Gus Xia is a computer science expert and assistant professor at NYU Shanghai; he is also a professional musician. Professor Xia--who has performed as the prime soloist of the Chinese Music Institute in Peking University, and a soloist with the Pitt Carpathian Ensemble in Pittsburgh--is using his passion for music to expand our understanding of the dynamics between humans and machines. He tells us about his latest work and whether AI can ever replace a human musician.
You trained as a traditional musician, playing the Chinese flute. What sparked your interest in machine learning and computer music?
It’s actually a very simple story of an undergrad wanting to combine both his interest and major. While doing my undergrad at Peking University, I wanted to seek an opportunity to combine my studies in information science with my passion for music. Luckily, my music teacher at the time was familiar with computer music, so I was able to dive right in. I was also a professional Chinese flute player for 10 years before I pursued a Ph.D. in Machine Learning at Carnegie Mellon University.
Your current projects explore interactive robot and human musical performance. Can robot performers ever be as emotionally engaging?
The application of AI and music will be different from say, the development of automatic cars driving on the streets. We can ascertain that in the future, automatic driving cars will definitely be more accurate and safer than human drivers, eliminating traffic jams and accidents. For music, it’s still a debate whether robots can ‘do better.’ There’s space for them to become better technical performers, but compared to working with real musicians, a robot still lack deeper interactions, unable to take music cues at the human level. Humans can just look at each other and there’s a magic going on, but robots must be programmed and we do not know how to code the magic part yet.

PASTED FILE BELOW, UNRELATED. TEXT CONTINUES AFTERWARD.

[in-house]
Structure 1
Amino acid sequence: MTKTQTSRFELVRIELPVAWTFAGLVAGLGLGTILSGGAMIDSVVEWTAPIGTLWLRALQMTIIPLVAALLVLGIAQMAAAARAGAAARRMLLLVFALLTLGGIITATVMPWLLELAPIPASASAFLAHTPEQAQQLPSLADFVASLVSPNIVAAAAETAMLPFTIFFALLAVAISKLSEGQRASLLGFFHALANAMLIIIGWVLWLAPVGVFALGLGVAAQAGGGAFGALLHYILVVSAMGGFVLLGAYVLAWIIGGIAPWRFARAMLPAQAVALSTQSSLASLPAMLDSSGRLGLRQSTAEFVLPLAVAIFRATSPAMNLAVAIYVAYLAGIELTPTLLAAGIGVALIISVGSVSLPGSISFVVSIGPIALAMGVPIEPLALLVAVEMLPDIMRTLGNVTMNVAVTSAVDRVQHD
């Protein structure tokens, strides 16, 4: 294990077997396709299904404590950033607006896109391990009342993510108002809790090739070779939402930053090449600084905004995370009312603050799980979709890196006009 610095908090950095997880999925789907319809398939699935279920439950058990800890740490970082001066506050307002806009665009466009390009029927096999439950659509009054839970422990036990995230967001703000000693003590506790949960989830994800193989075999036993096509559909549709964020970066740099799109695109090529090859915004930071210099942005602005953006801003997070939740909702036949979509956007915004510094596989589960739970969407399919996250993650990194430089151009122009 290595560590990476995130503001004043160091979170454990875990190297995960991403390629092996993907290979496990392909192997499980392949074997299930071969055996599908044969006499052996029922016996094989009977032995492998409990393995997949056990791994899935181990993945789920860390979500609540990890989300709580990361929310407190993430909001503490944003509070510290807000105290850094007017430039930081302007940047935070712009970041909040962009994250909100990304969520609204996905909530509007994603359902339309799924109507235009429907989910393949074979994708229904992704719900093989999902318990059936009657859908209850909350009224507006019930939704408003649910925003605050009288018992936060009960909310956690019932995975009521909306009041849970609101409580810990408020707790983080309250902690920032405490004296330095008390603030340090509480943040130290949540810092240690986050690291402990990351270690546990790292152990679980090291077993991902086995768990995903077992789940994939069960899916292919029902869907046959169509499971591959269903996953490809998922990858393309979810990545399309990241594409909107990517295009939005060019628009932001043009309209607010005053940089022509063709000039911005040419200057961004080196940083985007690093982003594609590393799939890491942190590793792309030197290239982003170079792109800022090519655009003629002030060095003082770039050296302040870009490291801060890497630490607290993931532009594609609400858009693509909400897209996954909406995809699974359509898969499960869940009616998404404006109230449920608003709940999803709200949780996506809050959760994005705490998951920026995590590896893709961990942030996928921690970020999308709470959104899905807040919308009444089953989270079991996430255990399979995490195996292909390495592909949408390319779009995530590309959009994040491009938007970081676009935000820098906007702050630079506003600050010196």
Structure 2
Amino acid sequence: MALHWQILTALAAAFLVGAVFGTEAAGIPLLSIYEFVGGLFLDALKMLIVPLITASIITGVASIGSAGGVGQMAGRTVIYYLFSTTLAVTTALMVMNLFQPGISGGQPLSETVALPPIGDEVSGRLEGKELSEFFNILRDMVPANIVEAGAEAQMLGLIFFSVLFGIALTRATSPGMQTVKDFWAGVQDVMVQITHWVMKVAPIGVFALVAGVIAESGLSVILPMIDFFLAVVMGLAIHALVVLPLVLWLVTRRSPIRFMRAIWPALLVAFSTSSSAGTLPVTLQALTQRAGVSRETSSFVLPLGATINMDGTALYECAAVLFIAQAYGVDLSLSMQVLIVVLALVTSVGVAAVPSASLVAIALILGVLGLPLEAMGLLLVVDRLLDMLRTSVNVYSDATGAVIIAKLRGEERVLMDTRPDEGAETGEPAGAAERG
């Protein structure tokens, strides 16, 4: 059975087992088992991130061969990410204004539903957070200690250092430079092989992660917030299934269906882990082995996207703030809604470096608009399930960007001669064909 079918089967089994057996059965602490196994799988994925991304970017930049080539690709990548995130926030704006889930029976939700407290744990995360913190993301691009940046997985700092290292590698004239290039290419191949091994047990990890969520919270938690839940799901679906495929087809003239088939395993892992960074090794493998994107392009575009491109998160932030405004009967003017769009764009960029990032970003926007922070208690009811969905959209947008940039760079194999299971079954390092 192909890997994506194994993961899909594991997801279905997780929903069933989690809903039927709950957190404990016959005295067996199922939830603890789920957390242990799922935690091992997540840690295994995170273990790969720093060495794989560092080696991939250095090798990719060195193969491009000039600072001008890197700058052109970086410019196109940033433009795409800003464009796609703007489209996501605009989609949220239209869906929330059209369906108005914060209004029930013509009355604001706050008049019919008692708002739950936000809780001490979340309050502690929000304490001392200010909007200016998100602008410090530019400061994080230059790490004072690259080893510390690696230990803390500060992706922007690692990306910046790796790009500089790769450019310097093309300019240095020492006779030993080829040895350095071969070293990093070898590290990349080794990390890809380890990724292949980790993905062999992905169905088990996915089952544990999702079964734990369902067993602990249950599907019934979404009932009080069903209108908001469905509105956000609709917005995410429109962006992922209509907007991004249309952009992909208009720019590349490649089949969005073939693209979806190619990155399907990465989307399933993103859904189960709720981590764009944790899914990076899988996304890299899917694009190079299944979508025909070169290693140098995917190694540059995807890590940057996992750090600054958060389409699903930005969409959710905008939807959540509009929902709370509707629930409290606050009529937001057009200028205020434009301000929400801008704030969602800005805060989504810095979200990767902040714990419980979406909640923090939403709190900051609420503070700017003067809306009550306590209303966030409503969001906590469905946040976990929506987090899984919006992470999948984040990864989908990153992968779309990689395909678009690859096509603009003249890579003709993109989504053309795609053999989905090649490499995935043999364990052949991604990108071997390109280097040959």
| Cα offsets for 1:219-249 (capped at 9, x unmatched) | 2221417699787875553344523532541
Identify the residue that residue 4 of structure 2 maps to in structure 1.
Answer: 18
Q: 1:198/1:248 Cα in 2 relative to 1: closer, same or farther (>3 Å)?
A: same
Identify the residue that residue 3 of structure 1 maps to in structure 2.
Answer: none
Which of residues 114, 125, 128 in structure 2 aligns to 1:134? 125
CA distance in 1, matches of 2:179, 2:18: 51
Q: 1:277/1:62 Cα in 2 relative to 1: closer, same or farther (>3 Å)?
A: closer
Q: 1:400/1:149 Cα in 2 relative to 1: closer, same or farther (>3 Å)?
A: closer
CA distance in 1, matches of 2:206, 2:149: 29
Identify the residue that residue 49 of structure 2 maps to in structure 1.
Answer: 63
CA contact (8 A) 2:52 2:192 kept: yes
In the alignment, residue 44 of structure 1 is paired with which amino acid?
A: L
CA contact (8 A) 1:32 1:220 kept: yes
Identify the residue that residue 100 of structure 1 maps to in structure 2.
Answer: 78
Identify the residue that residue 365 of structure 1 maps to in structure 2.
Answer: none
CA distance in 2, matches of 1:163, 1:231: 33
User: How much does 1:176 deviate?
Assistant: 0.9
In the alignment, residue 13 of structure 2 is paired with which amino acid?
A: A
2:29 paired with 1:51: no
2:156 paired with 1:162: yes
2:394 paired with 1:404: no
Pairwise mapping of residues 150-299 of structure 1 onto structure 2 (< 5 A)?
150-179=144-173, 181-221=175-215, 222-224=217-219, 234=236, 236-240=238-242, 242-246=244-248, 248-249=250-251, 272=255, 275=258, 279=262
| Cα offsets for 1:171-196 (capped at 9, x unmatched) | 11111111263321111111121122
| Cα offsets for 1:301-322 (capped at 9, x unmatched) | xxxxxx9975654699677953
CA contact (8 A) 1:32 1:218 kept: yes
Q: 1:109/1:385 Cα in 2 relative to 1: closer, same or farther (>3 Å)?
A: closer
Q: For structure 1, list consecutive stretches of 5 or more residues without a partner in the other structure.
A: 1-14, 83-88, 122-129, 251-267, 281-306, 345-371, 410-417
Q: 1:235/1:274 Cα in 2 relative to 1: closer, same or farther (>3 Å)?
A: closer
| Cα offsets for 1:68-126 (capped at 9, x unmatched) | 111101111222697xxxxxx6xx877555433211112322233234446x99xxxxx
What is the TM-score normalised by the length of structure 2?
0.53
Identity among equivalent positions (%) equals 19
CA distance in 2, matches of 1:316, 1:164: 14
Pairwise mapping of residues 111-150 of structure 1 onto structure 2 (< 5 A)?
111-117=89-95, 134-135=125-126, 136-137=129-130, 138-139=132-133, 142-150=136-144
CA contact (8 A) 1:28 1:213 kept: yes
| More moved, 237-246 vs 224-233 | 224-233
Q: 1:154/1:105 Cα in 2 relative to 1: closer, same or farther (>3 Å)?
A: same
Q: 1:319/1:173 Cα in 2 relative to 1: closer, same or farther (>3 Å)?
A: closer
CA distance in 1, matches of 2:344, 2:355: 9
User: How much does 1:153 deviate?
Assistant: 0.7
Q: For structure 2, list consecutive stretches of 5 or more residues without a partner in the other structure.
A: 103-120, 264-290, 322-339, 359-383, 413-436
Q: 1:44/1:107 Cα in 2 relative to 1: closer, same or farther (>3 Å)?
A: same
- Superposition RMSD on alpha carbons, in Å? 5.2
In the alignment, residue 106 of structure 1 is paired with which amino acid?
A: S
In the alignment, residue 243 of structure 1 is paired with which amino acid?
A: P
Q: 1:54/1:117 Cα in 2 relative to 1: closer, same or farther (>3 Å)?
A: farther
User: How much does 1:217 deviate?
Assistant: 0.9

If I compare just working with a computer to working with an interactive robot, the interactive robot is certainly more engaging. There are studies that show that by switching from playing with a pure computer to an animated robot, people will feel more like they are working with humans. Think of a robot as a way to hack human perception of intimacy—as long as there is a moving body, especially humanoid, people tend to act as if it has a life.
Could AI be used to replace humans in music education or entertainment industries?
I think it’s really about creating a different market and space, not replacing humans. There’s already a Japanese virtual popstar, Hatsune Miku, voiced by a singing synthesizer application. She is completely fictional and digital and yet people have been going crazy about her ‘live’ solo concerts for about 10 years now. It’s a different market appealing to a target audience who might not be the same group of people who go to the Shanghai Concert Hall to appreciate Beethoven.
AI is just a tool, just like having a car. It depends on how we as humans use the tool and how we make it work for us. We can either use it to downgrade or upgrade the human mind, and building a complete dependency on computer intelligence is a problem. Einstein said: “Keep it simple but not simpler,” and I think we should be in the spirit to use technology but not become its slave.
OK then, how can Artificial Intelligence help humans better appreciate, compose or perform music?
It can help us appreciate music when we use programs like Spotify or Pandora--both use collaborative filtering to provide content-based recommendations for music listeners to discover new artists similar to what they are already listening to. There’s also software now at our fingertips like Logic X Pro, and other digital audio workstations that allow us to become more productive composers.
My current project, Haptic Guidance for Flute Tutoring, involves the performance aspect and is a software that quickly builds muscle memory and directly transfers a piece of music into finger motions so one can learn by doing and feeling to memorize the sequence. I was motivated by the fact that many people who aren’t musicians want to learn how to play a simple song but feel intimidated by the pain of memorizing all of the notations. Haptic guidance is not a substitute for an actual flute teacher, but allows the layman to quickly learn so that they can experience performance or at least serenade their daughter with a “Happy Birthday” song.
My hopes are that after this experience, people will no longer think performing with instruments is something out of their reach. It might inspire further interest or encourage them to learn and play more songs.
Professor Xia’s work includes human-computer interactive performances, autonomous dancing robots, smart music displays, and large-scale content-based music retrieval.